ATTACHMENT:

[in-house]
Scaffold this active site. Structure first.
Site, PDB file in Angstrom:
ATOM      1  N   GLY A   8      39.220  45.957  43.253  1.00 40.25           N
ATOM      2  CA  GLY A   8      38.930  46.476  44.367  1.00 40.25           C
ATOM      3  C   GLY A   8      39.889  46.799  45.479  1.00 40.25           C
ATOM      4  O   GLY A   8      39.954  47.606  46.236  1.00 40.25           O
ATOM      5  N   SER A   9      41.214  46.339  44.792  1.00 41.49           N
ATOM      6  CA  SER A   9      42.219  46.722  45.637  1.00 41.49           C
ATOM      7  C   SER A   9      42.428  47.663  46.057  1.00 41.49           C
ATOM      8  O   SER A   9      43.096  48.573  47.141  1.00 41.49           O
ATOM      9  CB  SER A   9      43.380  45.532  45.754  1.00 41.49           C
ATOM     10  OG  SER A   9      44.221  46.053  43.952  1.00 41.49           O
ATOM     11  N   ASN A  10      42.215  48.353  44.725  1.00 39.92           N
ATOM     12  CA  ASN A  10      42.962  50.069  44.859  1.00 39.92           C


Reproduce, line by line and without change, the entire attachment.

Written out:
[in-house]
Scaffold this active site. Structure first.
Site, PDB file in Angstrom:
ATOM      1  N   GLY A   8      39.220  45.957  43.253  1.00 40.25           N
ATOM      2  CA  GLY A   8      38.930  46.476  44.367  1.00 40.25           C
ATOM      3  C   GLY A   8      39.889  46.799  45.479  1.00 40.25           C
ATOM      4  O   GLY A   8      39.954  47.606  46.236  1.00 40.25           O
ATOM      5  N   SER A   9      41.214  46.339  44.792  1.00 41.49           N
ATOM      6  CA  SER A   9      42.219  46.722  45.637  1.00 41.49           C
ATOM      7  C   SER A   9      42.428  47.663  46.057  1.00 41.49           C
ATOM      8  O   SER A   9      43.096  48.573  47.141  1.00 41.49           O
ATOM      9  CB  SER A   9      43.380  45.532  45.754  1.00 41.49           C
ATOM     10  OG  SER A   9      44.221  46.053  43.952  1.00 41.49           O
ATOM     11  N   ASN A  10      42.215  48.353  44.725  1.00 39.92           N
ATOM     12  CA  ASN A  10      42.962  50.069  44.859  1.00 39.92           C